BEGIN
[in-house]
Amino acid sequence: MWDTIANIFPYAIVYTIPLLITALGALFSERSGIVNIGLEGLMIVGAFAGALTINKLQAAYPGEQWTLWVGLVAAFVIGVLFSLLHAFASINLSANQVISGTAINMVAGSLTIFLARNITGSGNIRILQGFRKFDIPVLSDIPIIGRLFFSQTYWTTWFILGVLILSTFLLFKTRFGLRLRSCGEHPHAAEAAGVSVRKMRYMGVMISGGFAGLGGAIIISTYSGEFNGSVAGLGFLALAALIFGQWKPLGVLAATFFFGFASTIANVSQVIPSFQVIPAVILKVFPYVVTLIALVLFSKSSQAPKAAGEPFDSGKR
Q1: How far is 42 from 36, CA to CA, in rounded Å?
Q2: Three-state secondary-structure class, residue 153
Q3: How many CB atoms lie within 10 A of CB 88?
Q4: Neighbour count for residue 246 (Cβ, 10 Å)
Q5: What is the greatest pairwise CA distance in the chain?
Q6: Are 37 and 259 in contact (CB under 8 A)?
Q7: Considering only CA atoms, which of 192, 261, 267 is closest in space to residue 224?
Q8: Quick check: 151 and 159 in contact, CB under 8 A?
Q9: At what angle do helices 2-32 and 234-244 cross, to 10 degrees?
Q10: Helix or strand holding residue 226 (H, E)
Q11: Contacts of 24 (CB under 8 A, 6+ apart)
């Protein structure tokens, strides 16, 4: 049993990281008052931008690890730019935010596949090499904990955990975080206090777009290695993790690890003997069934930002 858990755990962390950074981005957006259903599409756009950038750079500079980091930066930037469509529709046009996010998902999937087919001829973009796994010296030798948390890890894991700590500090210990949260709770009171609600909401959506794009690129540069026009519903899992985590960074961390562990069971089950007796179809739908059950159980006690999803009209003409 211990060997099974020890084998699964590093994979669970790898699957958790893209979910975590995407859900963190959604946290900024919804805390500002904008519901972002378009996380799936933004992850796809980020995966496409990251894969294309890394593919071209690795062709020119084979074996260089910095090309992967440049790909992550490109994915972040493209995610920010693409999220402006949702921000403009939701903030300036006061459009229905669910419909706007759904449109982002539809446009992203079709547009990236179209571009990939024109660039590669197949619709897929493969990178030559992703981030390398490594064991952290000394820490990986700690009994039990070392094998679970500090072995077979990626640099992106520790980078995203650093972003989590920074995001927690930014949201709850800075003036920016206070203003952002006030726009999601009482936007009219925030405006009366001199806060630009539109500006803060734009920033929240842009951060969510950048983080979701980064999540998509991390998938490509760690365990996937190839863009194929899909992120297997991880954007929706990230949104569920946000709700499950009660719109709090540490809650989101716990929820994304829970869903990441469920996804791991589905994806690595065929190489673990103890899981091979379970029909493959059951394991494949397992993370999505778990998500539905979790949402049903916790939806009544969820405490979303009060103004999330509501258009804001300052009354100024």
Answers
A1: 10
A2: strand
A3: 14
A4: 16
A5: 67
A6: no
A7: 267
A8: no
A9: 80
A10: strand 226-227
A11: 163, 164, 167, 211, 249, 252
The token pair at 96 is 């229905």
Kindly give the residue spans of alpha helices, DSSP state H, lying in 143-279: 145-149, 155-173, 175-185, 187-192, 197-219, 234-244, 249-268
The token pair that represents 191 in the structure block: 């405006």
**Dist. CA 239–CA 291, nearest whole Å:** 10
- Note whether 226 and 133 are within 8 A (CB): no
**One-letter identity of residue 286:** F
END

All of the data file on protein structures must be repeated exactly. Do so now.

[in-house]
Amino acid sequence: MWDTIANIFPYAIVYTIPLLITALGALFSERSGIVNIGLEGLMIVGAFAGALTINKLQAAYPGEQWTLWVGLVAAFVIGVLFSLLHAFASINLSANQVISGTAINMVAGSLTIFLARNITGSGNIRILQGFRKFDIPVLSDIPIIGRLFFSQTYWTTWFILGVLILSTFLLFKTRFGLRLRSCGEHPHAAEAAGVSVRKMRYMGVMISGGFAGLGGAIIISTYSGEFNGSVAGLGFLALAALIFGQWKPLGVLAATFFFGFASTIANVSQVIPSFQVIPAVILKVFPYVVTLIALVLFSKSSQAPKAAGEPFDSGKR
Q1: How far is 42 from 36, CA to CA, in rounded Å?
Q2: Three-state secondary-structure class, residue 153
Q3: How many CB atoms lie within 10 A of CB 88?
Q4: Neighbour count for residue 246 (Cβ, 10 Å)
Q5: What is the greatest pairwise CA distance in the chain?
Q6: Are 37 and 259 in contact (CB under 8 A)?
Q7: Considering only CA atoms, which of 192, 261, 267 is closest in space to residue 224?
Q8: Quick check: 151 and 159 in contact, CB under 8 A?
Q9: At what angle do helices 2-32 and 234-244 cross, to 10 degrees?
Q10: Helix or strand holding residue 226 (H, E)
Q11: Contacts of 24 (CB under 8 A, 6+ apart)
């Protein structure tokens, strides 16, 4: 049993990281008052931008690890730019935010596949090499904990955990975080206090777009290695993790690890003997069934930002 858990755990962390950074981005957006259903599409756009950038750079500079980091930066930037469509529709046009996010998902999937087919001829973009796994010296030798948390890890894991700590500090210990949260709770009171609600909401959506794009690129540069026009519903899992985590960074961390562990069971089950007796179809739908059950159980006690999803009209003409 211990060997099974020890084998699964590093994979669970790898699957958790893209979910975590995407859900963190959604946290900024919804805390500002904008519901972002378009996380799936933004992850796809980020995966496409990251894969294309890394593919071209690795062709020119084979074996260089910095090309992967440049790909992550490109994915972040493209995610920010693409999220402006949702921000403009939701903030300036006061459009229905669910419909706007759904449109982002539809446009992203079709547009990236179209571009990939024109660039590669197949619709897929493969990178030559992703981030390398490594064991952290000394820490990986700690009994039990070392094998679970500090072995077979990626640099992106520790980078995203650093972003989590920074995001927690930014949201709850800075003036920016206070203003952002006030726009999601009482936007009219925030405006009366001199806060630009539109500006803060734009920033929240842009951060969510950048983080979701980064999540998509991390998938490509760690365990996937190839863009194929899909992120297997991880954007929706990230949104569920946000709700499950009660719109709090540490809650989101716990929820994304829970869903990441469920996804791991589905994806690595065929190489673990103890899981091979379970029909493959059951394991494949397992993370999505778990998500539905979790949402049903916790939806009544969820405490979303009060103004999330509501258009804001300052009354100024």
Answers
A1: 10
A2: strand
A3: 14
A4: 16
A5: 67
A6: no
A7: 267
A8: no
A9: 80
A10: strand 226-227
A11: 163, 164, 167, 211, 249, 252
The token pair at 96 is 């229905």
Kindly give the residue spans of alpha helices, DSSP state H, lying in 143-279: 145-149, 155-173, 175-185, 187-192, 197-219, 234-244, 249-268
The token pair that represents 191 in the structure block: 């405006």
**Dist. CA 239–CA 291, nearest whole Å:** 10
- Note whether 226 and 133 are within 8 A (CB): no
**One-letter identity of residue 286:** F